“This kind of conduct is unconscionable, and the Justice Department will vigorously prosecute any individual who attempts to intimidate his fellow citizen through such abhorrent behavior,” Acting Assistant Attorney General for Civil Rights Bradley J. Schlozman said in a press release. We are gratified that the court recognized the gravity of this offense and imposed such a significant and appropriate sentence.”
This is the second recent federal prosecution of bias-motivated crimes involving the Islamic Center of El Paso. As previously reported in the October 2004 issue of Religious Freedom in Focus, on September 30, 2004, Jarred Bjarneson pleaded guilty to sending an e-mail threat that he would burn the mosque to the ground if American hostages being held in Iraq were not released within 72 hours. Bjarneson was sentenced on December 21, 2004 to 18 months in prison and two years supervised release.
DOJ Suit Alleges Township Discriminated Against Jewish School
On June 10, the Department of Justice filed suit against the Village of Airmont, New York, alleging that the village’s zoning code discriminated against a Jewish boarding school. The suit, brought under the Religious Land Use and Institutionalized Persons Act (RLUIPA), alleges that certain Airmont zoning provisions were enacted specifically to keep out Hasidic boarding schools.
Airmont enacted a zoning code in 1993 that included a provision barring all boarding schools. At the time, the Hasidic Jewish community operated boarding schools in nearby areas. Airmont, the suit alleges, enacted this bar on boarding schools in order to keep Hasidic schools out of the village.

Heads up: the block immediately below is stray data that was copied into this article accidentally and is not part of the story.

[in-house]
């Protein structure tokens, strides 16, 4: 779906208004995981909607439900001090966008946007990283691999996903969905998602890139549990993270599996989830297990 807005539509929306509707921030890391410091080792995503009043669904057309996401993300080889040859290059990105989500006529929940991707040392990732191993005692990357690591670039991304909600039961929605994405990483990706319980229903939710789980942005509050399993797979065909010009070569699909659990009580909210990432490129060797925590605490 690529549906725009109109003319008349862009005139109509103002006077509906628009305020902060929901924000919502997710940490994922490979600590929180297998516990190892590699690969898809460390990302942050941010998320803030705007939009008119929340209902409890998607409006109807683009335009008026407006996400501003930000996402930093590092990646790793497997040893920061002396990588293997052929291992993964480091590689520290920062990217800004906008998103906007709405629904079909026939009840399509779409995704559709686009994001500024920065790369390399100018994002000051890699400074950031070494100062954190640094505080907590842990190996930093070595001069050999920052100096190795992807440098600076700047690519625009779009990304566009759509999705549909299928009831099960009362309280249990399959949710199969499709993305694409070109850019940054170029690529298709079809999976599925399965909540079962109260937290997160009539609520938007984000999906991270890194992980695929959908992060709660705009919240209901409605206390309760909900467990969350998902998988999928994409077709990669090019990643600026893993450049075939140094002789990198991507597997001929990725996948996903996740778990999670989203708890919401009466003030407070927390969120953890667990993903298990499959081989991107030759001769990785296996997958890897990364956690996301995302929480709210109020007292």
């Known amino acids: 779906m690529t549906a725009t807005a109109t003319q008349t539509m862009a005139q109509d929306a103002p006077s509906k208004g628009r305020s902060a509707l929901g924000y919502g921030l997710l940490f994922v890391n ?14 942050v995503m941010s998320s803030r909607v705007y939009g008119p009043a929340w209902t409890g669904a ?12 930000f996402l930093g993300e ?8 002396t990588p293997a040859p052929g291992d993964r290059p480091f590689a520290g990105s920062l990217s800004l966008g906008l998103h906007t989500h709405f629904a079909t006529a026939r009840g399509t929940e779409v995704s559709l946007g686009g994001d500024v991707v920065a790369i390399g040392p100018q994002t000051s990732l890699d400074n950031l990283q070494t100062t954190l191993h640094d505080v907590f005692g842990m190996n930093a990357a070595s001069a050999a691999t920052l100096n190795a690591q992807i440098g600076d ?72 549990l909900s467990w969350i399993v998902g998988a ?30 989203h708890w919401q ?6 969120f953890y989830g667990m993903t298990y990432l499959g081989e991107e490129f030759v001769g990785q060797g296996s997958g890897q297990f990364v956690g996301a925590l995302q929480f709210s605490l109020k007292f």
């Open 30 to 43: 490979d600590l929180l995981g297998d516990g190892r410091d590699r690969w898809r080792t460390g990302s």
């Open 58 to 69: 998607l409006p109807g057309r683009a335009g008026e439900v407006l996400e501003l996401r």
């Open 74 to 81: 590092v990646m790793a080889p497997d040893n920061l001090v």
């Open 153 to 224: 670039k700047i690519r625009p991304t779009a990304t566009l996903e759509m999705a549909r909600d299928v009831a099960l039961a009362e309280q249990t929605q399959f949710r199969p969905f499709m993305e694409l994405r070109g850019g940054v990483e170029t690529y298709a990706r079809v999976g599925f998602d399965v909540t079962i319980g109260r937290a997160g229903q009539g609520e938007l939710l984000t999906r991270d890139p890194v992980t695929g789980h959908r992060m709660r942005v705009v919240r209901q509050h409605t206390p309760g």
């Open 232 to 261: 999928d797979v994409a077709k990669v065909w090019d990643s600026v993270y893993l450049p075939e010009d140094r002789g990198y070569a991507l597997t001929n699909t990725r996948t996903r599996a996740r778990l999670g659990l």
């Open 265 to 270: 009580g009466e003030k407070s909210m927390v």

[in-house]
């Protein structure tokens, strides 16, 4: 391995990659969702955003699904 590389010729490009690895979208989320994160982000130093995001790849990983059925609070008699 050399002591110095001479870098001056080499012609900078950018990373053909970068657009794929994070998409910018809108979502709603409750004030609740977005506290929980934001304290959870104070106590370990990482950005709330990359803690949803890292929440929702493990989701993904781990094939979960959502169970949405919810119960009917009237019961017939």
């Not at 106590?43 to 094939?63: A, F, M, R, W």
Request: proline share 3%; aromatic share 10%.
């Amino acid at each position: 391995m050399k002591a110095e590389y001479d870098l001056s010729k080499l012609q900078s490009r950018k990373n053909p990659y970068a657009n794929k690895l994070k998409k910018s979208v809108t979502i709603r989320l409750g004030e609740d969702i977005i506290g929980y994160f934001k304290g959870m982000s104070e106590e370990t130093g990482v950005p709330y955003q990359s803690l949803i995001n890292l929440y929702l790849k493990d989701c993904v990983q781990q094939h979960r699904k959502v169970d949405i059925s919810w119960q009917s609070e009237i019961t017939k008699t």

Congregation Mischknois Lavier Yakov purchased a 19-acre tract of land in 2001 and sought to build a religious boarding school for boys. The congregation believes that boys should be sent to boarding school when they are 15 years old, in order to live, study and pray together in an atmosphere that has minimal outside influences. The congregation applied for a permit, but the village denied it due to the boarding-school bar in the zoning code.
The DOJ suit alleges violations of two different sections of RLUIPA. First, the suit alleges that the village has violated Section 2(b)(2) of RLUIPA, which bars discrimination on the basis of religion or religious denomination, since the ban was enacted specifically to keep out the Hasidim. Second, the suit alleges that the village violated section 2(a) of RLUIPA, which bars the government from placing a substantial burden on religious exercise without compelling justification. The suit maintains that the village has blocked the congregation from providing the religious education that is a key element of its faith without a compelling justification. Numerous multiple-unit residential facilities that are comparable to boarding schools in their impact on the community, the suit contends, are permitted under the zoning code, including nursing homes, sleep-away camps, apartments and condominium complexes for senior citizens, and group homes for the disabled. The suit also includes a claim alleging violation of the Fair Housing Act.
Since 2001, the Civil Rights Divisionç´ Housing and Civil Enforcement Section has opened 23 investigations of municipalities and counties for violation of RLUIPA. This is the third lawsuit filed by the Department of Justice under RLUIPA.
Town Changes Ordinance that Discriminated Against Churches in Response to DOJ Investigation
On July 13, 2005, the Department of Justice closed its investigation into whether the City of Austell, Georgia violated the Religious Land Use and Institutionalized Persons Act (RLUIPA) after the Town amended its zoning ordinance to remove a measure that discriminated against churches and other houses of worship. The Department had opened an investigation in August 2004 after learning that the city had taken efforts to block a small storefront church from operating in the city, relying on the city’s 5-acre minimum for churches. While all houses of worship were subjected to the 5-acre minimum, social clubs, lodges, and other place of assembly were permitted without any minimum acreage requirement.